Hire a software testing team that fits your startup culture

Albeit strapped for cash and time, software startups need testers as much as large companies. Advocate for a testing team, and find candidates who will excel in a startup culture.

It's not easy to build a strong, cohesive and highly effective software testing team in any organization; however, it's especially challenging for startups hiring testers.

Startup culture revolves around a few key tenets. The founders are committed to a vision. The company starts out small, with few employees and little funding. The pace of work is fast and furious, usually to show growth as soon as possible to secure additional funding. Startups value creativity and innovation in employees, who often must adapt to a work environment that is characterized as demanding and challenging.

Not only must a startup find reliable, skilled professionals for its software testing team, it must also develop flexible processes and equip the team with tools that encourage effective and efficient productivity.

Find your testing advocate

In the startup world, software leadership might have to convince stakeholders that they need a testing team in the first place.

A champion for testing at the highest level of an organization can open doors -- and budgets -- for a software testing team. In a startup, that advocate should ideally be one of the founders, who can typically smooth the way for the organization to integrate and value software testing. Without a champion, testers not only need to prove themselves, but also promote and foster acceptance of independent testing. Testers shouldn't need to split their attention in that fashion, as it can result in decreased focus on their actual responsibilities.

Tenets of startup culture

Build or source the software test team

Full-time employees are expensive, but hiring is only one option to fill the roster on a software testing team. Evaluate existing employees for the team, or source it through a testing services company. Testing service providers have highly skilled professionals and offer scalability and contract flexibility. This method of sourcing, mixed with some current employees, is often the best choice for startups. In many cases, however, current employees will need training to be effective members of a software testing team.

Before you add team members, learn all you can about the culture of your organization; you'll rely on that background when evaluating potential testers.

Then, determine what skill sets will be required. Since startups are small organizations, testers must often wear multiple hats. So, new hires with diverse skill sets -- which make them capable of contributing in other areas -- can excel and help the startup do the same. Look for individuals who are proficient with test processes and automation or who are willing to learn those skills if the company is priced out of hiring experienced testers. Startups don't usually have the funding to pay high salaries, so management might be constrained to hiring and mentoring junior-level testers.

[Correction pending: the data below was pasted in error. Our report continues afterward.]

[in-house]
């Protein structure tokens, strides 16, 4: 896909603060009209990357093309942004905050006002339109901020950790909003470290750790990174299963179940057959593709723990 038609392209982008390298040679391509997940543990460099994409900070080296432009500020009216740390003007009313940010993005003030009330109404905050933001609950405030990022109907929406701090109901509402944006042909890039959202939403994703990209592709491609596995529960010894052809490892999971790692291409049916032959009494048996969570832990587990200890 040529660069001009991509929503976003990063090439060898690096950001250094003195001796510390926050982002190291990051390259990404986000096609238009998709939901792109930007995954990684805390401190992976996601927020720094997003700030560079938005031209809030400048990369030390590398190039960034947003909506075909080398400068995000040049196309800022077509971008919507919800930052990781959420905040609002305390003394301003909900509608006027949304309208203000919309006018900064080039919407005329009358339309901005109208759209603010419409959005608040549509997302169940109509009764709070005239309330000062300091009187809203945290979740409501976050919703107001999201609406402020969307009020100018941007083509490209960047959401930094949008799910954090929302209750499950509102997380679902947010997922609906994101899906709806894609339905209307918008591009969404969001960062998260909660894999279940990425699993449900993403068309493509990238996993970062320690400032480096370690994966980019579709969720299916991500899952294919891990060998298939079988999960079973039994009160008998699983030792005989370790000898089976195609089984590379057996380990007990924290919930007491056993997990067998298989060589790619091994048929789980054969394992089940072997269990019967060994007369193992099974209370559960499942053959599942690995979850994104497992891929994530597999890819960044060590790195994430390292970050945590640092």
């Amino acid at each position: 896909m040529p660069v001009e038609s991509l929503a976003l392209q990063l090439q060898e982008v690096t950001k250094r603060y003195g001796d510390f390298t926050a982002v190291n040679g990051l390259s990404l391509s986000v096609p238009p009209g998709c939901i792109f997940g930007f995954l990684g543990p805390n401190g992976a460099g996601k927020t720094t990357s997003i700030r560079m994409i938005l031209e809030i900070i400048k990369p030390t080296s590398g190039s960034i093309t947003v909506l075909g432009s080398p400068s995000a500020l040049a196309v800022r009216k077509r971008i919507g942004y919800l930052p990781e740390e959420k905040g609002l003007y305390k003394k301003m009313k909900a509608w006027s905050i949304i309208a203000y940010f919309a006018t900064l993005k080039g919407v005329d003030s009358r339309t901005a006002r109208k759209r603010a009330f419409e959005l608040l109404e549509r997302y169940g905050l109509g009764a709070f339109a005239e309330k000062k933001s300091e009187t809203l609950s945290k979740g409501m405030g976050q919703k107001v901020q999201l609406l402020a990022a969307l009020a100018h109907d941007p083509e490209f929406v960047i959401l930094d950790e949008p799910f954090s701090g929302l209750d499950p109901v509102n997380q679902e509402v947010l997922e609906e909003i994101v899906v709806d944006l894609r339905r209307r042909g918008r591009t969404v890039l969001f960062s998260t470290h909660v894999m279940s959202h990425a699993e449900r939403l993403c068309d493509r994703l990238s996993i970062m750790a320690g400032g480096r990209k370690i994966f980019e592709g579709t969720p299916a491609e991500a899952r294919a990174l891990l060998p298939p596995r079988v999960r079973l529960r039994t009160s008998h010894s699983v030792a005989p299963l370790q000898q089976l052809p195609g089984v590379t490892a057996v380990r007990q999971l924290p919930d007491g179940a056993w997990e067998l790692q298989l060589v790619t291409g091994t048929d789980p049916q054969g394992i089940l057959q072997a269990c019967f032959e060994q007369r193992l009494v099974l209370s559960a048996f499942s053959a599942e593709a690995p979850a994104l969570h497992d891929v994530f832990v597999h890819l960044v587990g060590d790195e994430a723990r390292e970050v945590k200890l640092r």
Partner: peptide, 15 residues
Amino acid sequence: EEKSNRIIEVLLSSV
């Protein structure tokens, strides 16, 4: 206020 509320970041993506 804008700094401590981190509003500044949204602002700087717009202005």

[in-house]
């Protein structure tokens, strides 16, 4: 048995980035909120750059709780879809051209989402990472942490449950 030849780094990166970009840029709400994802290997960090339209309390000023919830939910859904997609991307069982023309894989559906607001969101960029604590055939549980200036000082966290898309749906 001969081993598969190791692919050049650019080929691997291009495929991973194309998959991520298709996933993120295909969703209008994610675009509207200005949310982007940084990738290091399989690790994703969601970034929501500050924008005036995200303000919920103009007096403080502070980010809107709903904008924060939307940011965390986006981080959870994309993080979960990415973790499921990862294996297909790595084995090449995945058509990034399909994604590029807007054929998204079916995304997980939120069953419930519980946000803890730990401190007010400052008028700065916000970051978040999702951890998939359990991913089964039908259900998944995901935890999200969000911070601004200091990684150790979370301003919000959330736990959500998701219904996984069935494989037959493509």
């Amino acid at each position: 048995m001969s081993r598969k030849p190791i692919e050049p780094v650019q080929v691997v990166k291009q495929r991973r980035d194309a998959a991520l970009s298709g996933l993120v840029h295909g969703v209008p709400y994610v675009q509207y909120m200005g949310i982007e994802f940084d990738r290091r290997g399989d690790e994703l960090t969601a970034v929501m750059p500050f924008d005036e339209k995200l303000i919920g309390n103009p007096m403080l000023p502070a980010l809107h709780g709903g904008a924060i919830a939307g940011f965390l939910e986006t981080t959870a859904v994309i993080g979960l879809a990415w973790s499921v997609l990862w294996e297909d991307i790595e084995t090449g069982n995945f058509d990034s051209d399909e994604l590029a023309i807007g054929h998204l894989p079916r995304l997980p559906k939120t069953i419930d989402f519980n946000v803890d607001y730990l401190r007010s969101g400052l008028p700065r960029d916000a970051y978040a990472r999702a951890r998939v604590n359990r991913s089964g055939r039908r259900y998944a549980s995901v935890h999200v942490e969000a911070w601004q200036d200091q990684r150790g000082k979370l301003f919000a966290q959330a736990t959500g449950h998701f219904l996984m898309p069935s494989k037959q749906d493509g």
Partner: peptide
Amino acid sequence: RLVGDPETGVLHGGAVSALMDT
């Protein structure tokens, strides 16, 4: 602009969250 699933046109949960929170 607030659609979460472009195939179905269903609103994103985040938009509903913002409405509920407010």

Also, consider how open candidates seem to the intricacies of startup culture. For one, it helps to hire testers who understand how startups receive financing. If a candidate is aware that the company races against the clock to deliver working software, they will be more prepared for -- and understanding of -- the long hours and lower-range salary.

However, keep in mind the pros and cons candidates themselves will weigh before they decide to join a startup. If you offer bonus or stock options, which bigger companies wouldn't do, that could assuage their fears about working for an unknown entity.

Remember the startup mindset

Startups require lots of teamwork, so look for extroverted candidates who are empathic and energetic. A curious, innovative personality is critical; almost everything testers in a startup do requires that they think outside the box. Finally, select people who are confident and committed to doing what it takes to see the project through to completion.

Now that the software testing team is in place, get to work. To develop an effective and efficient test strategy, the team should align around the goals of the organization. Plan a meeting with the founders to learn about the mission and vision of the organization firsthand. Understand the overall plan and roadmap for the product, as well as any initiatives that are underway. Define roles within the software testing team, but bear in mind that each participant brings complementary skills and will fulfill multiple roles. Set clear expectations. And, most importantly, enjoy the startup journey.

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